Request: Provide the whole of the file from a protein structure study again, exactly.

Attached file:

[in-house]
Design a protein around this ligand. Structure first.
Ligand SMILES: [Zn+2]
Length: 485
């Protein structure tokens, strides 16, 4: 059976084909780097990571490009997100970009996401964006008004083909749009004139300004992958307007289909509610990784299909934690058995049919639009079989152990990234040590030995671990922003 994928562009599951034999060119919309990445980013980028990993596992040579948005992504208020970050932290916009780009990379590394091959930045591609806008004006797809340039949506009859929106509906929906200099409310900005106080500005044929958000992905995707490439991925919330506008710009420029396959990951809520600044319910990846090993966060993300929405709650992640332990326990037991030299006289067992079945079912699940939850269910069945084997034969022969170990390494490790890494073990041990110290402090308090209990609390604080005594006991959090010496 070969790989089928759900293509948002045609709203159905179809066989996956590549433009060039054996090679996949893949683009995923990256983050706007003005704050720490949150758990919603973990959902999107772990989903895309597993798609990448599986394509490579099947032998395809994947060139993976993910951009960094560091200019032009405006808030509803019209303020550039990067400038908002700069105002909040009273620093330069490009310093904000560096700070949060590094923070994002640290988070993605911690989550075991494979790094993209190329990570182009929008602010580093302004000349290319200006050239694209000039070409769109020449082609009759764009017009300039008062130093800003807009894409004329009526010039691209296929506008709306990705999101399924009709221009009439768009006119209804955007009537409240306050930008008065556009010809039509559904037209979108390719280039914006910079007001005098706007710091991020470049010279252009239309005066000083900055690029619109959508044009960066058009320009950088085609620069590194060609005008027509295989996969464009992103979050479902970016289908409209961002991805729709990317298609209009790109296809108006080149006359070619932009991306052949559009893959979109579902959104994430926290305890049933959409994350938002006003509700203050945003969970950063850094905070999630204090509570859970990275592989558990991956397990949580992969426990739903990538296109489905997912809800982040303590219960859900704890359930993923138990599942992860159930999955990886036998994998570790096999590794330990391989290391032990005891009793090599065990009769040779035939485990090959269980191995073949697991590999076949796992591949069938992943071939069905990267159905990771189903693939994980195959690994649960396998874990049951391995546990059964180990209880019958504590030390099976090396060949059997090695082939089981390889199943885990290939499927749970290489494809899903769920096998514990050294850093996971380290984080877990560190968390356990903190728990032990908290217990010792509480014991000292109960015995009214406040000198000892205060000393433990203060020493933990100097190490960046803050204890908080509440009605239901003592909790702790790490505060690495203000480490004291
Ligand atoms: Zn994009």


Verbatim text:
[in-house]
Design a protein around this ligand. Structure first.
Ligand SMILES: [Zn+2]
Length: 485
């Protein structure tokens, strides 16, 4: 059976084909780097990571490009997100970009996401964006008004083909749009004139300004992958307007289909509610990784299909934690058995049919639009079989152990990234040590030995671990922003 994928562009599951034999060119919309990445980013980028990993596992040579948005992504208020970050932290916009780009990379590394091959930045591609806008004006797809340039949506009859929106509906929906200099409310900005106080500005044929958000992905995707490439991925919330506008710009420029396959990951809520600044319910990846090993966060993300929405709650992640332990326990037991030299006289067992079945079912699940939850269910069945084997034969022969170990390494490790890494073990041990110290402090308090209990609390604080005594006991959090010496 070969790989089928759900293509948002045609709203159905179809066989996956590549433009060039054996090679996949893949683009995923990256983050706007003005704050720490949150758990919603973990959902999107772990989903895309597993798609990448599986394509490579099947032998395809994947060139993976993910951009960094560091200019032009405006808030509803019209303020550039990067400038908002700069105002909040009273620093330069490009310093904000560096700070949060590094923070994002640290988070993605911690989550075991494979790094993209190329990570182009929008602010580093302004000349290319200006050239694209000039070409769109020449082609009759764009017009300039008062130093800003807009894409004329009526010039691209296929506008709306990705999101399924009709221009009439768009006119209804955007009537409240306050930008008065556009010809039509559904037209979108390719280039914006910079007001005098706007710091991020470049010279252009239309005066000083900055690029619109959508044009960066058009320009950088085609620069590194060609005008027509295989996969464009992103979050479902970016289908409209961002991805729709990317298609209009790109296809108006080149006359070619932009991306052949559009893959979109579902959104994430926290305890049933959409994350938002006003509700203050945003969970950063850094905070999630204090509570859970990275592989558990991956397990949580992969426990739903990538296109489905997912809800982040303590219960859900704890359930993923138990599942992860159930999955990886036998994998570790096999590794330990391989290391032990005891009793090599065990009769040779035939485990090959269980191995073949697991590999076949796992591949069938992943071939069905990267159905990771189903693939994980195959690994649960396998874990049951391995546990059964180990209880019958504590030390099976090396060949059997090695082939089981390889199943885990290939499927749970290489494809899903769920096998514990050294850093996971380290984080877990560190968390356990903190728990032990908290217990010792509480014991000292109960015995009214406040000198000892205060000393433990203060020493933990100097190490960046803050204890908080509440009605239901003592909790702790790490505060690495203000480490004291
Ligand atoms: Zn994009």